Do not read! But feel free to assign it to a bad student as punishment!
It was a good story and very thought provoking with some interesting characters and a good plot. Suspenseful and exciting story telling and the narration fits the novel's flow. But it was hard to follow how Rick was arriving at his conclusions and feelings and the entire last part of the book is very confusing and hard to tell what is real and not real which I guess is the point but there is no obvious resolution at all and just dropping things at the end left me a bit unsatisfied with what was a pretty good story.
I am brutally honest. Popular, love everything they read, reviewers are scared to go neg. and risk their ranking. It's your money!!!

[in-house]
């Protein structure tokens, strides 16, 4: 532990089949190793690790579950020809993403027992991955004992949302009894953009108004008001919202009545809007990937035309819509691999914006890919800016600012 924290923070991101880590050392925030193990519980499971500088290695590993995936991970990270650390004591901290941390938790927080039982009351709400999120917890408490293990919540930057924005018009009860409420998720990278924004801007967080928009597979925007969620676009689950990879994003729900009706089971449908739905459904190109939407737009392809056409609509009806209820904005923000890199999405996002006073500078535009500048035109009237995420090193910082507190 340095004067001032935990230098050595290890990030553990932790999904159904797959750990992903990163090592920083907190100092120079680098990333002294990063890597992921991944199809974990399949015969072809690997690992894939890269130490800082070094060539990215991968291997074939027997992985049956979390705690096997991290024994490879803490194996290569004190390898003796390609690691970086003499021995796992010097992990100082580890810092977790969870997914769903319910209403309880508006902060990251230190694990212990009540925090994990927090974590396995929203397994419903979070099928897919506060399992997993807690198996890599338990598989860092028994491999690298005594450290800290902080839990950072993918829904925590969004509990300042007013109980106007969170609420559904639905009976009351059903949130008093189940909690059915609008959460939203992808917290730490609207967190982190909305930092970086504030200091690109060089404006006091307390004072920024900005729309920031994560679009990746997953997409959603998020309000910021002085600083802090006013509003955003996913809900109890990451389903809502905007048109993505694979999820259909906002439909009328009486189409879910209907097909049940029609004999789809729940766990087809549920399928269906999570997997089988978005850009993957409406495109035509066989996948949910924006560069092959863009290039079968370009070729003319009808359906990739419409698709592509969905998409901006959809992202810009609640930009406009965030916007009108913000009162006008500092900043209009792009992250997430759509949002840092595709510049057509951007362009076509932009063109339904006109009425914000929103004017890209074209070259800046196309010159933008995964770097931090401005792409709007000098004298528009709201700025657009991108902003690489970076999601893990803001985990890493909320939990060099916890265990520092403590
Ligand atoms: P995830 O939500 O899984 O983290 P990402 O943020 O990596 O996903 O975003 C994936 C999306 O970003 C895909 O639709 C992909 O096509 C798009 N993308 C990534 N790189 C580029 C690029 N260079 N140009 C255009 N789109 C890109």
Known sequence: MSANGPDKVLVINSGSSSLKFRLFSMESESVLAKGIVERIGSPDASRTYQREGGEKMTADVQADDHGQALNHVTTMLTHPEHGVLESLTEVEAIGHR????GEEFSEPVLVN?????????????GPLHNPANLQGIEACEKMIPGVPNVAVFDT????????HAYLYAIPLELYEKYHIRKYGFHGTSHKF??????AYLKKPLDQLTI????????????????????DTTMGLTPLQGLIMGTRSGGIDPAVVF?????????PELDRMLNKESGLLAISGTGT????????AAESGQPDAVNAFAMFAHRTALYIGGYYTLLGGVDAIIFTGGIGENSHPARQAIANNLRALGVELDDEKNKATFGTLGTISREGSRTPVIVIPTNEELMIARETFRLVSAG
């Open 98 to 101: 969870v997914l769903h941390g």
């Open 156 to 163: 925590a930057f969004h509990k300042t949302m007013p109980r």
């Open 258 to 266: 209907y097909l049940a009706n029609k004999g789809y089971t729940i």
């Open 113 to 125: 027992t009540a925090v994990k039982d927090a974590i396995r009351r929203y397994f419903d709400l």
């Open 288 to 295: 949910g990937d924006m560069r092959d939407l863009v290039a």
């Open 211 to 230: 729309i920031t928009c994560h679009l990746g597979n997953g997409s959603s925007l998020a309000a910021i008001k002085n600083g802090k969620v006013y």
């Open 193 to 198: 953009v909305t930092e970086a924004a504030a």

DIAL A MOOD
PKD has a huge following. If you have already read a couple of Dick's books then you already know if you are a fan or not. This book has the cerebral feel of his work. Dick was a very troubled individual, who was married five times and was clinically mentally disturbed. I only mention this, as his personality comes out strongly in most of his writings. You will never come out of a Dick book feeling uplifted. He was highly intelligent and that also comes out in his work.
This takes place after World War Terminus. Most of the world has migrated to other planets. The radiation of Earth shortens the life and affects the mentality of the people who have stayed on the mostly abandoned Earth. Everyone on Earth owns a pet to show his empathy. The problem is that most animals are extinct and the ones left are very expensive. Some people have robot animals, as they are much less expensive, but you hide the fact that your animal is not real.